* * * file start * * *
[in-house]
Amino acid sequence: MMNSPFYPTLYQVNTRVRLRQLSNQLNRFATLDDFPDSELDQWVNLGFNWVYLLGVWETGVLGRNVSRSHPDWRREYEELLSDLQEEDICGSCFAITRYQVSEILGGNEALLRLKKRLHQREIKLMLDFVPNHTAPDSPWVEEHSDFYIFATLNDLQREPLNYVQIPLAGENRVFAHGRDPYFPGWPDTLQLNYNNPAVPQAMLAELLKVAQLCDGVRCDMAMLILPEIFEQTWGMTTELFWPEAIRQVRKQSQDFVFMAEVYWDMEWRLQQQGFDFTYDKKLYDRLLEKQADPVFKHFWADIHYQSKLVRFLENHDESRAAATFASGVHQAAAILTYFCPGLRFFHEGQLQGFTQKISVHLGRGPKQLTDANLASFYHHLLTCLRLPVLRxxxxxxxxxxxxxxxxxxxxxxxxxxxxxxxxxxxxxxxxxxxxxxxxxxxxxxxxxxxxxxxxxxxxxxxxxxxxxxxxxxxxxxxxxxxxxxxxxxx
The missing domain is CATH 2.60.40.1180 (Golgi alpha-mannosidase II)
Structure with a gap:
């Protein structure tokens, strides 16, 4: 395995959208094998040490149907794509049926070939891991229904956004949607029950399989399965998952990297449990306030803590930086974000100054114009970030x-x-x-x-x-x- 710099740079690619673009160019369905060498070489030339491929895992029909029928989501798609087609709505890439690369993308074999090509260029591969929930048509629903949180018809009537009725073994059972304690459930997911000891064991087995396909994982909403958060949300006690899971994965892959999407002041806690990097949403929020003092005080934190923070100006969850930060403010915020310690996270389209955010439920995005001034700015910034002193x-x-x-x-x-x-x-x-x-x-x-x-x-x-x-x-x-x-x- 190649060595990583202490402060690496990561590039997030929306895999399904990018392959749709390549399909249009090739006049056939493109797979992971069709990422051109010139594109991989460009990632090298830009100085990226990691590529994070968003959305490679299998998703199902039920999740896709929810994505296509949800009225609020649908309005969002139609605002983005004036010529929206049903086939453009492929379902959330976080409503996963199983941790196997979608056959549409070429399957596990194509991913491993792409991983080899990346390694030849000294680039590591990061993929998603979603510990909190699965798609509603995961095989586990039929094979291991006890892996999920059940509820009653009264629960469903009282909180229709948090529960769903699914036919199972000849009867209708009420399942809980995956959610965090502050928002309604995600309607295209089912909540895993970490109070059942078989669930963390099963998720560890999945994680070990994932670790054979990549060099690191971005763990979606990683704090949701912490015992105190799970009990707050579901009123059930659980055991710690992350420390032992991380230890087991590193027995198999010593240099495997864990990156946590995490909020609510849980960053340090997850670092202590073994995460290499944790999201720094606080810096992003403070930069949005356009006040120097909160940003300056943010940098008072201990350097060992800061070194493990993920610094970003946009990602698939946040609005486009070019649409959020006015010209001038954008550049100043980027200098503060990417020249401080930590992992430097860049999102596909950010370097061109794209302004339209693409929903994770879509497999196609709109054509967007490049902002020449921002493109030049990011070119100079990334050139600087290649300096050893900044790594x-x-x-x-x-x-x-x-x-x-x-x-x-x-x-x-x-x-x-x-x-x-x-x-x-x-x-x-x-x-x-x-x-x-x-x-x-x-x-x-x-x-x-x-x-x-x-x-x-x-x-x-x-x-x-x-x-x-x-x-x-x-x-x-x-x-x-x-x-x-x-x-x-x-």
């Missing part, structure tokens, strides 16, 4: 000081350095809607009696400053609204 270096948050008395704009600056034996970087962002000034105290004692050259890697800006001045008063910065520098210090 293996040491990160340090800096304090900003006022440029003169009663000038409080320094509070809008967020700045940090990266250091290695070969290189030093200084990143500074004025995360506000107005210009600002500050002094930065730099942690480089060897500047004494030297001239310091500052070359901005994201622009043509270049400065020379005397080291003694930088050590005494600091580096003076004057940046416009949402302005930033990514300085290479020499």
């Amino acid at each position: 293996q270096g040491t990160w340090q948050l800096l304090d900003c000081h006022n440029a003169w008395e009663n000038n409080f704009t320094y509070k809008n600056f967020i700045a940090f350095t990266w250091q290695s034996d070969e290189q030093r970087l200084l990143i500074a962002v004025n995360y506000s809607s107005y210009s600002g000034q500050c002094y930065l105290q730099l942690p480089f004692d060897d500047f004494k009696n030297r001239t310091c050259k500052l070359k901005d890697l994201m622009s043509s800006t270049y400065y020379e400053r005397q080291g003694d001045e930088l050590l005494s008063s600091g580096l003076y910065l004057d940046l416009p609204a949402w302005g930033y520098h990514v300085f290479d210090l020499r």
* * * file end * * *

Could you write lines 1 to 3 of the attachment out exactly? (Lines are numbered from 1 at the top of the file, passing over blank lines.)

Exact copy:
[in-house]
Amino acid sequence: MMNSPFYPTLYQVNTRVRLRQLSNQLNRFATLDDFPDSELDQWVNLGFNWVYLLGVWETGVLGRNVSRSHPDWRREYEELLSDLQEEDICGSCFAITRYQVSEILGGNEALLRLKKRLHQREIKLMLDFVPNHTAPDSPWVEEHSDFYIFATLNDLQREPLNYVQIPLAGENRVFAHGRDPYFPGWPDTLQLNYNNPAVPQAMLAELLKVAQLCDGVRCDMAMLILPEIFEQTWGMTTELFWPEAIRQVRKQSQDFVFMAEVYWDMEWRLQQQGFDFTYDKKLYDRLLEKQADPVFKHFWADIHYQSKLVRFLENHDESRAAATFASGVHQAAAILTYFCPGLRFFHEGQLQGFTQKISVHLGRGPKQLTDANLASFYHHLLTCLRLPVLRxxxxxxxxxxxxxxxxxxxxxxxxxxxxxxxxxxxxxxxxxxxxxxxxxxxxxxxxxxxxxxxxxxxxxxxxxxxxxxxxxxxxxxxxxxxxxxxxxxx
The missing domain is CATH 2.60.40.1180 (Golgi alpha-mannosidase II)